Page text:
Your Favorite FBOsback to top 


AVweb's "FBO of the Week" ribbon goes to the city FBO at Spartanburg Downtown Memorial Airport (KSPA) in Spartanburg, South Carolina.

AVweb reader Jacquelyn Balish explains how the KSPA FBO staff went above and beyond to bring a smile to her face:

I fly with very young children by myself. This really can be challenging upon landing. I have a plane, kids, and luggage to deal with. The personnel at this airport jump right in to help. They take the children and luggage, [then] take kids to play while I secure my plane. They are Johnny on the spot. On one trip, the birds decided that my plane was a great toilet. [As soon as] I drove up, the plane was being washed for me at no charge!

P.S. The children love all the people at this airport.

Keep those nominations coming. For complete contest rules, click here.

AVweb is actively seeking out the best FBOs in the country and another one, submitted by you, will be spotlighted here next Monday!


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Reader-Submitted Photosback to top 

Summer is upon us, and your "Picture of the Week" submissions continue to reflect the green grass, sunny skies, and adventures spirit of the season. (We like it when you make it hard to pick a winner each week, so please keep sending in those photos!) John E. Rees of Blacklick, Ohio didn't have far to go to attend the 50th Reunion of the National Waco Club at Wynkoop Airport in Mt. Vernon. In retrospect, that's probably a good thing for all of us, since it allowed John to snap a lot of awesome Waco photos while he was there. More...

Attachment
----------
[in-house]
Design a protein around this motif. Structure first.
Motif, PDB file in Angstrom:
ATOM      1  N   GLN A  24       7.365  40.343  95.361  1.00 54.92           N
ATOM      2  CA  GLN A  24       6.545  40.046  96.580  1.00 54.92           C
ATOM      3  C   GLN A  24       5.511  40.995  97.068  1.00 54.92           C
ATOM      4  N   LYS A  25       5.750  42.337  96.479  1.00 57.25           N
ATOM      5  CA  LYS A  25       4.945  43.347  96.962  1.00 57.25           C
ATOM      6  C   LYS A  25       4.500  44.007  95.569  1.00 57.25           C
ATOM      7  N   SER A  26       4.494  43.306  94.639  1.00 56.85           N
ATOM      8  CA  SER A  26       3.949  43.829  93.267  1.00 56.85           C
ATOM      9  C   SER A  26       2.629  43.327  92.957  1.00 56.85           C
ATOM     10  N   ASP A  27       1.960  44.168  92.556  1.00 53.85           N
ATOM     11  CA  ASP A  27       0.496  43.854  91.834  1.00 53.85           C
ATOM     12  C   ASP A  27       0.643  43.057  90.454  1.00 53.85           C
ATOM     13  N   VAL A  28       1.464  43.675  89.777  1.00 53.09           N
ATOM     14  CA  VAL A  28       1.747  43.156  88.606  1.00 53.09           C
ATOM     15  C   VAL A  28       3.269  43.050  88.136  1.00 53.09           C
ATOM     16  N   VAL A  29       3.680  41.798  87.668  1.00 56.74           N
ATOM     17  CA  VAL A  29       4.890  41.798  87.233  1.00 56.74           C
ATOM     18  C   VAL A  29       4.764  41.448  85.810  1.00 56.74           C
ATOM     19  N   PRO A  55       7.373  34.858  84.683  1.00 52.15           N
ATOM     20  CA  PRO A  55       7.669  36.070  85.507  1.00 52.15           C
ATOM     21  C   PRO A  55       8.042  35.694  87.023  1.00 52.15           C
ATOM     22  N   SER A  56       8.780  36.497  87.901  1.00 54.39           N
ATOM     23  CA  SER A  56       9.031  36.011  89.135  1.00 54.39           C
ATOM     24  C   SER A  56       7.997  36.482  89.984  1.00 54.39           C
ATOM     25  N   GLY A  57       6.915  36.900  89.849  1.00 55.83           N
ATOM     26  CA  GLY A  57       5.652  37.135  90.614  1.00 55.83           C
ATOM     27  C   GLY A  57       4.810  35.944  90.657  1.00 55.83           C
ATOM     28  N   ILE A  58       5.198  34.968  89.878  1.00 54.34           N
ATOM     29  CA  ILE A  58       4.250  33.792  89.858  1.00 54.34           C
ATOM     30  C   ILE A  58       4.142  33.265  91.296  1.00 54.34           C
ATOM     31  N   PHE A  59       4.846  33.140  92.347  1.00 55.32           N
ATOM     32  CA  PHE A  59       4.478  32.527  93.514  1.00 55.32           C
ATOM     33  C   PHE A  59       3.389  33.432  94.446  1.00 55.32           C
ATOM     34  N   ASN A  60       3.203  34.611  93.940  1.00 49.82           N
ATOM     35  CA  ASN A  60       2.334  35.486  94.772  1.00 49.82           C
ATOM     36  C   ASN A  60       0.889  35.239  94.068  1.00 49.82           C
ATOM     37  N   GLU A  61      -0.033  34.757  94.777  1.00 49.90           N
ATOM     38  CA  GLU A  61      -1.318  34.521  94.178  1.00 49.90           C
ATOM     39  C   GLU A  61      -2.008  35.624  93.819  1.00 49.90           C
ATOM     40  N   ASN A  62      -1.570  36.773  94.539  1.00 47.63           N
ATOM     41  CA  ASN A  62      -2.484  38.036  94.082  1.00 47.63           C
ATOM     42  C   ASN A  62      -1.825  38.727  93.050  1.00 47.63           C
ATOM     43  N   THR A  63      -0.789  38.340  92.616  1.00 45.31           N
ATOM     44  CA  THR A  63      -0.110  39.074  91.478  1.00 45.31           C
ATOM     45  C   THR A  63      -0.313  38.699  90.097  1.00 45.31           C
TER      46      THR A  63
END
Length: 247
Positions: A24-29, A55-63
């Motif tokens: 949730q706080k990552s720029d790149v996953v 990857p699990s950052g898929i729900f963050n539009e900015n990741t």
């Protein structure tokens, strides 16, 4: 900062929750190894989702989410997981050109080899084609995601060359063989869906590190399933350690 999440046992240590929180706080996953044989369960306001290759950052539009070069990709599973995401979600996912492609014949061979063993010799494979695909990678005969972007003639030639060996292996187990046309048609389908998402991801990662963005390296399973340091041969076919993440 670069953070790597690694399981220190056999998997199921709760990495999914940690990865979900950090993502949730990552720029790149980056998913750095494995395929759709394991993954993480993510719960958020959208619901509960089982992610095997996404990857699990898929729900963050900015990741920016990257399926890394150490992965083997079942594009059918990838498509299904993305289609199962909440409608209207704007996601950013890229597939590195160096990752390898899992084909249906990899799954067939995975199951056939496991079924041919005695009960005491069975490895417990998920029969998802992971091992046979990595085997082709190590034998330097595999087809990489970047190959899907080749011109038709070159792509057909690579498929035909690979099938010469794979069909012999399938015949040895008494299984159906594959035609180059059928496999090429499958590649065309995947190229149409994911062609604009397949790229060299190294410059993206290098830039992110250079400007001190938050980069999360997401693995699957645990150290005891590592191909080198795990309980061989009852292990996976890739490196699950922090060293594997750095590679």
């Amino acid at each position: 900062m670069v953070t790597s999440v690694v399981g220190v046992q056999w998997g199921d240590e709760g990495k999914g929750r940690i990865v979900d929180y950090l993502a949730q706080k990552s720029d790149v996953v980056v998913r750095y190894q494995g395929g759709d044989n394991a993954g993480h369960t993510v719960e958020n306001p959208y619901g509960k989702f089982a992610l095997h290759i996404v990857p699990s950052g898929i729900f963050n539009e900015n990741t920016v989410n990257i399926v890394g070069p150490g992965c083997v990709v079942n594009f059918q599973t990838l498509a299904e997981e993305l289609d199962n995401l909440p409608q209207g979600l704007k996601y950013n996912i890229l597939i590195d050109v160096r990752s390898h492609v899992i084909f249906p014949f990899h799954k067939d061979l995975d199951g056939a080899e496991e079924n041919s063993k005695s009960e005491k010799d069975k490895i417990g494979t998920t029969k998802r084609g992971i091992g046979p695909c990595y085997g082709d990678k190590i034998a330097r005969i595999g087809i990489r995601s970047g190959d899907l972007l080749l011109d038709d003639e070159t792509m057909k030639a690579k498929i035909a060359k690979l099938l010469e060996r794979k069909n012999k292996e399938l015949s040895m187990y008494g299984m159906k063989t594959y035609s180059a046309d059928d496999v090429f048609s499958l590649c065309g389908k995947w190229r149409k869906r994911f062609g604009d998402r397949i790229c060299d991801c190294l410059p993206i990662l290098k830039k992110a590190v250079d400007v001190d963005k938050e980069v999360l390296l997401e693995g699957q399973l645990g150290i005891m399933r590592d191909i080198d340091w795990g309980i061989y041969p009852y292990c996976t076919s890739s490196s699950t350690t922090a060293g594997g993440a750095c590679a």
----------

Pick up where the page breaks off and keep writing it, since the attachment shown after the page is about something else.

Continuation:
We Live in a Fast-Paced World; Use Your Travel Time Wisely
Subscribe to Pilot's Audio Update and you'll receive monthly CDs packed with up-to-the-minute information on topics ranging from "Understanding GPS and WAAS" to the lowdown on "Light Sport Aircraft." Put your in-flight "down time" to work for you. Subscribe now to receive the Acing the Flight Review CD as a gift with your order.
Names Behind the Newsback to top 


AVwebFlash is a weekly summary of the latest news, articles, products, features, and events featured on AVweb, the internet's aviation magazine and news service.

The AVwebFlash team is:

Timothy Cole

Editorial Director, Aviation Publications
Paul Bertorelli

Russ Niles

Contributing Editors
Mary Grady
Glenn Pew

Features Editor
Kevin Lane-Cummings

Scott Simmons

Jeff van West
Mariano Rosales

Click here to send a letter to the editor. (Please let us know if your letter is not intended for publication.)

Comments or questions about the news should be sent here.

Have a product or service to advertise on AVweb? A question on marketing? Send it to AVweb's sales team.

If you're having trouble reading this newsletter in its HTML-rich format (or if you'd prefer a lighter, simpler format for your PDA or handheld device), there's also a text-only version of AVwebFlash. For complete instructions on making the switch, click here.

Aviate. Navigate. Communicate.